Four Season Cowboys

I love northern cowboys.

It’s not that I’ve got anything against all those smokin’ hot Southern cowboys, or the rugged, Stetson-wearing men of the Southwest…

It’s snow.

And wind.

And avalanches.

Blizzards.

Calving.

Gathering animals or spreading hay to keep them strong in adverse conditions.

I love this series:

It’s the kind of grit and guts that either draws you in or sends you running!

I was totally drawn into the lives of the Stucky, Hughes and Galt families and their ranches.

 

Animals are survivors by nature. You’ve only got to look out your window at birds and squirrels and ants and rats and mice and snakes to realize that without any human intervention, animals survive.

But in a for-profit operation, it’s crucial for as many to survive as possible. And that’s where the true cowboy comes in. Or the rugged farmer, dedicated to his farm/ranch no matter what part of the country he hails from.

I’ve noticed distinct differences between Eastern and Western ranches. Eastern ranches tend to house cattle overwinter. Western ranches let the animals roam.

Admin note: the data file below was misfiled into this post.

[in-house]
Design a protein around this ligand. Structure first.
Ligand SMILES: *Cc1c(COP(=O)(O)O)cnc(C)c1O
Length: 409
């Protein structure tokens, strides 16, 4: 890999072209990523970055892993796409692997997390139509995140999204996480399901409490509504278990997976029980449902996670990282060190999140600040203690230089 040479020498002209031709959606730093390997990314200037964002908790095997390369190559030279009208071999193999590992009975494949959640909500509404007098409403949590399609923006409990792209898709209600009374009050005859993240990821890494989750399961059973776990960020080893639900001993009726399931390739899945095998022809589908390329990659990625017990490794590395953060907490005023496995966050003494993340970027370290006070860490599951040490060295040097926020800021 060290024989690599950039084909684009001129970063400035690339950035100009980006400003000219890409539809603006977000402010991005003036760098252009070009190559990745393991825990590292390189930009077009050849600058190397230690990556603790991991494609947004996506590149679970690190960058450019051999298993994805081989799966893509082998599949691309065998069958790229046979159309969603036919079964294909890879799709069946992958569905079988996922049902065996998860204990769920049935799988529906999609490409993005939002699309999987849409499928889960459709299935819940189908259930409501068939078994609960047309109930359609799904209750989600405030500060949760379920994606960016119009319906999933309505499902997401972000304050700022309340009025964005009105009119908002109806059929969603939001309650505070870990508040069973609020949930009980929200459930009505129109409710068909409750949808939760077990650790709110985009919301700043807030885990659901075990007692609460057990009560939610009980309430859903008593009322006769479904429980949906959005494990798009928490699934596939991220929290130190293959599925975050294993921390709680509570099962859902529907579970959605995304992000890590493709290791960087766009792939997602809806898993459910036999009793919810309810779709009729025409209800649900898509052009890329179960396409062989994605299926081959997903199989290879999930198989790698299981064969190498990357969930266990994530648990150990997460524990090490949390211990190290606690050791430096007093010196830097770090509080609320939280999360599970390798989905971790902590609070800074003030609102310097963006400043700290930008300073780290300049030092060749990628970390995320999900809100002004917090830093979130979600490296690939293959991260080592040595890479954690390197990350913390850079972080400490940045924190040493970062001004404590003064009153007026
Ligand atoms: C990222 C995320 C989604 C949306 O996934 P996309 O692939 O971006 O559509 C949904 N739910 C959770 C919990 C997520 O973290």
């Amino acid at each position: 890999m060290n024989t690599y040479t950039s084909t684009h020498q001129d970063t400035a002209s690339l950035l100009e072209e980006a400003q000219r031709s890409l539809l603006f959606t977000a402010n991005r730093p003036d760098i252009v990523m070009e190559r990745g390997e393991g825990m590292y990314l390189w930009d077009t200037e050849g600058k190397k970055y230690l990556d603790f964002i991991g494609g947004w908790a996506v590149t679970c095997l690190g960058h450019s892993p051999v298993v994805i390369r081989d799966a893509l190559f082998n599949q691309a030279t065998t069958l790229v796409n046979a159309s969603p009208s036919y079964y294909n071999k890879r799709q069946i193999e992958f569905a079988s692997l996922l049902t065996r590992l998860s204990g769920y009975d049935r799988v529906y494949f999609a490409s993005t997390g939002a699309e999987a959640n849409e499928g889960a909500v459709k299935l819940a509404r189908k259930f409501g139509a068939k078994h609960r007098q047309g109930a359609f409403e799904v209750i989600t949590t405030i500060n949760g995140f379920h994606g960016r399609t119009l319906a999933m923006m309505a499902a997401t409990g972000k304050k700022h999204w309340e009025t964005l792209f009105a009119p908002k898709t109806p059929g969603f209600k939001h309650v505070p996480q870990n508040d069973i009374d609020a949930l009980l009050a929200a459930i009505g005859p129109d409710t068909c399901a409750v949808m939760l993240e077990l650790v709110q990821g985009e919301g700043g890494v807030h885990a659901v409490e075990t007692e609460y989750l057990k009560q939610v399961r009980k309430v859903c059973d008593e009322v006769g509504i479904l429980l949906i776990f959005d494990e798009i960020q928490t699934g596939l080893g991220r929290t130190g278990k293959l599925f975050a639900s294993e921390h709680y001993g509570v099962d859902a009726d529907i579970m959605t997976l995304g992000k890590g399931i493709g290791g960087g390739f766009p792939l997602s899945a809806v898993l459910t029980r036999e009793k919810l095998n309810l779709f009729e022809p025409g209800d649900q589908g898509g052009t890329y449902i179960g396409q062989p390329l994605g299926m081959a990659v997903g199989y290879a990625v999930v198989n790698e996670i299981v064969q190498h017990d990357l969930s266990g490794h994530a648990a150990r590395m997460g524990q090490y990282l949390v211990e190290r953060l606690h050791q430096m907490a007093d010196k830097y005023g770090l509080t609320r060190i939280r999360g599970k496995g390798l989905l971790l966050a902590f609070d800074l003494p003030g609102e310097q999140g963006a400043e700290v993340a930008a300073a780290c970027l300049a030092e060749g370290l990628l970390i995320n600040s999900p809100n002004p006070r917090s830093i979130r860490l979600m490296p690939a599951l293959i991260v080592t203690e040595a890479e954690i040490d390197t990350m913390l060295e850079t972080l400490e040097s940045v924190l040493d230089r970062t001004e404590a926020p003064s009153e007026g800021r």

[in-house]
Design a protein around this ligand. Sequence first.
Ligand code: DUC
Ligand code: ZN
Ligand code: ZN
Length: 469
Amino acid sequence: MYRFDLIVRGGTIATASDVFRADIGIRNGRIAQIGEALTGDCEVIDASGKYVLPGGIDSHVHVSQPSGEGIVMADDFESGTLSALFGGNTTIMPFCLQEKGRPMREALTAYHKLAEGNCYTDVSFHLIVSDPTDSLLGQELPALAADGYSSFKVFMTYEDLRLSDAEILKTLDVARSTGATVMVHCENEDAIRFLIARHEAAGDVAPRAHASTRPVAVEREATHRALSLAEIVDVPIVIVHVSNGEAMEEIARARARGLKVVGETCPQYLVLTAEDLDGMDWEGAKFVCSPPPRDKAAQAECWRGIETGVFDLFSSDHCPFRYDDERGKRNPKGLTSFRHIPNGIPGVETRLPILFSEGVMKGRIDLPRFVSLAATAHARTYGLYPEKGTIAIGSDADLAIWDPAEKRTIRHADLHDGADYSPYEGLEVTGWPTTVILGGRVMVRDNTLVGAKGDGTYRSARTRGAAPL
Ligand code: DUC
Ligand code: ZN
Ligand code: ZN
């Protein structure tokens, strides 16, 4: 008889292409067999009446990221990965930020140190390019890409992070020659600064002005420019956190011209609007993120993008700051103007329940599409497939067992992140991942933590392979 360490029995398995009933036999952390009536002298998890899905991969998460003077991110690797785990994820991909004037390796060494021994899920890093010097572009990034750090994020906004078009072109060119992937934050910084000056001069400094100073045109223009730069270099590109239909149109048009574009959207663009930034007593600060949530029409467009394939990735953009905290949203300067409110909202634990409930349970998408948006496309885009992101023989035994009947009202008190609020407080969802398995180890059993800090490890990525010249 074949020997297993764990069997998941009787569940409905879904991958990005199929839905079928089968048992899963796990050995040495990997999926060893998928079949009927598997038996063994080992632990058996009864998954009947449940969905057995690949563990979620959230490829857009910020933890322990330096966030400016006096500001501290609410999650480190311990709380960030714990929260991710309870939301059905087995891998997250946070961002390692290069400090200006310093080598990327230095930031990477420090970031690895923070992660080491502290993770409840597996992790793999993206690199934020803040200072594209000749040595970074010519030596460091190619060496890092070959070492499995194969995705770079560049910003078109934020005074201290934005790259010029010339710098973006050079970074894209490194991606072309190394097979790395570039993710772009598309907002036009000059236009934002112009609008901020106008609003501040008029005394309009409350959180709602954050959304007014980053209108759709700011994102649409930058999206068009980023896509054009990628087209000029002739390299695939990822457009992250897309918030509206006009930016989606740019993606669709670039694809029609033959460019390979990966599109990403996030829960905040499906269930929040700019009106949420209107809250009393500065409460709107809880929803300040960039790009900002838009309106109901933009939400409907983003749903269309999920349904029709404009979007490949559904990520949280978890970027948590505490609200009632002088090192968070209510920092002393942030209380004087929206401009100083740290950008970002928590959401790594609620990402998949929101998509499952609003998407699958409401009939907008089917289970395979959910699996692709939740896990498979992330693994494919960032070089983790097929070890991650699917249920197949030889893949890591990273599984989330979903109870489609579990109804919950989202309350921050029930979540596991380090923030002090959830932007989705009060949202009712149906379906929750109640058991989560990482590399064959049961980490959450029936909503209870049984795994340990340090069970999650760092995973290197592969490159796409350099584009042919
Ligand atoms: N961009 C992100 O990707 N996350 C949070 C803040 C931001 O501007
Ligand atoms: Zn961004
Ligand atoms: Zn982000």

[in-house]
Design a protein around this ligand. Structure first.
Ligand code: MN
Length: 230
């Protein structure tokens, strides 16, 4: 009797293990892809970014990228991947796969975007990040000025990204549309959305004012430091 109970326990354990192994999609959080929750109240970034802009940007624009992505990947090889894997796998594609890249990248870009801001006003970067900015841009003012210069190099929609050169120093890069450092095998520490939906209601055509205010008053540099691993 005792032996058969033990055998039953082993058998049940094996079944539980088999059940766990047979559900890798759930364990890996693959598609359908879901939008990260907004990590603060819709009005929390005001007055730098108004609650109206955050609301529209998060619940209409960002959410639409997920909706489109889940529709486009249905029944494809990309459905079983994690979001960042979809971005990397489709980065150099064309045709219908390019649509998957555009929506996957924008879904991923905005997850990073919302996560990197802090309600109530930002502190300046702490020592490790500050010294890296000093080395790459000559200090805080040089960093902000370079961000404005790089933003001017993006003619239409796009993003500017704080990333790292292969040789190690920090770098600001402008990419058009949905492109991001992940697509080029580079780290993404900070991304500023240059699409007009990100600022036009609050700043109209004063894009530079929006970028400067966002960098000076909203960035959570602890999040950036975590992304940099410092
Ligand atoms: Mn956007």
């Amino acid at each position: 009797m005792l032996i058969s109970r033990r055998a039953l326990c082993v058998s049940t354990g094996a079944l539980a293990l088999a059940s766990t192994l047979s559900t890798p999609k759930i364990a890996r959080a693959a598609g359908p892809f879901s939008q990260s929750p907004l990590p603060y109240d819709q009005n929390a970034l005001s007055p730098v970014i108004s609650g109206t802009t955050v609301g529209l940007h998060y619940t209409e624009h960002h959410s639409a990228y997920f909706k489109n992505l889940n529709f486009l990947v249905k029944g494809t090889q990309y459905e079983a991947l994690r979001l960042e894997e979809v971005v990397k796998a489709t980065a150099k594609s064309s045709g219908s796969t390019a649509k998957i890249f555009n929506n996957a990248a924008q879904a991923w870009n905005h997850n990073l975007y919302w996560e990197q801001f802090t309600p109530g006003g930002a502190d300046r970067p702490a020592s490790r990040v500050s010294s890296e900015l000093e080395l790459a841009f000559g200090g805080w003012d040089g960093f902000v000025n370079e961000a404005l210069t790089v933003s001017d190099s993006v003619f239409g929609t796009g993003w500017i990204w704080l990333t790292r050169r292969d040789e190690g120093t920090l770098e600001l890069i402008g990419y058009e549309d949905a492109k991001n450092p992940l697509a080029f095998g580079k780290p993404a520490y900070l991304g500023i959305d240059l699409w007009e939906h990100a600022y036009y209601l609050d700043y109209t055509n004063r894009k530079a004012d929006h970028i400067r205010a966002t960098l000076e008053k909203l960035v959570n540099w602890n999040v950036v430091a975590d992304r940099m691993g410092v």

Western ranches use SUVs, utility vehicles and horses to gather and monitor their spreads, and their spreads often cover thousands of acres.

Eastern ranches tend to be in the hundreds of acres, marked with hedgerows spawned by being in Eastern woodlands.

The physical differences are notable, but the intrinsic love for their job, their animals, their stock, their families… that’s universal. Success arises from sacrifice, and that’s what we love about a cowboy story. The sacrificial component of their life, their choices, appeal to us!

Which then makes the cowboy the Almost Perfect Hero.

Of course he can’t be perfect.

Perfect is boring and gets old real quick.

But the profile of a cowboy, the hard-working sacrificial nature makes them great romance hero material.

Now here’s the REALITY: They get annoyed. Grumpy. Mad at the weather and forces of nature… Very few stay even-tempered when their livelihood, family, stock, homes are threatened.

But that’s normal. We wouldn’t want a hero to gloss off everything. We want him to buck up and stand strong and get back on the horse and keep on trying. Because that’s what a hero does.

They don’t give up.

Do you have favorite heroes? Who are they?

Name me your favorite hero to be tucked into a drawing for a copy of the second book of my Double S Ranch cowboy series… “Home on the Range”….

He doesn’t have to be a Western hero… any hero will do.

I want to know what appeals to you, like the northern cowboy appeals to me.

I brought coffee… and peach pie. I might be a Yankee… but I make an absolutely amazing peach pie!

 

RUTHY’S WINNER FROM AUGUST 31!!!!!  DEANNE, YOUR NAME CAME OUT OF THE COWBOY HAT FOR A COPY OF “HOME ON THE RANGE”! E-mail Ruthy at loganherne@gmail.com and she’ll get your snail mail! 

Julie Benson’s Winner!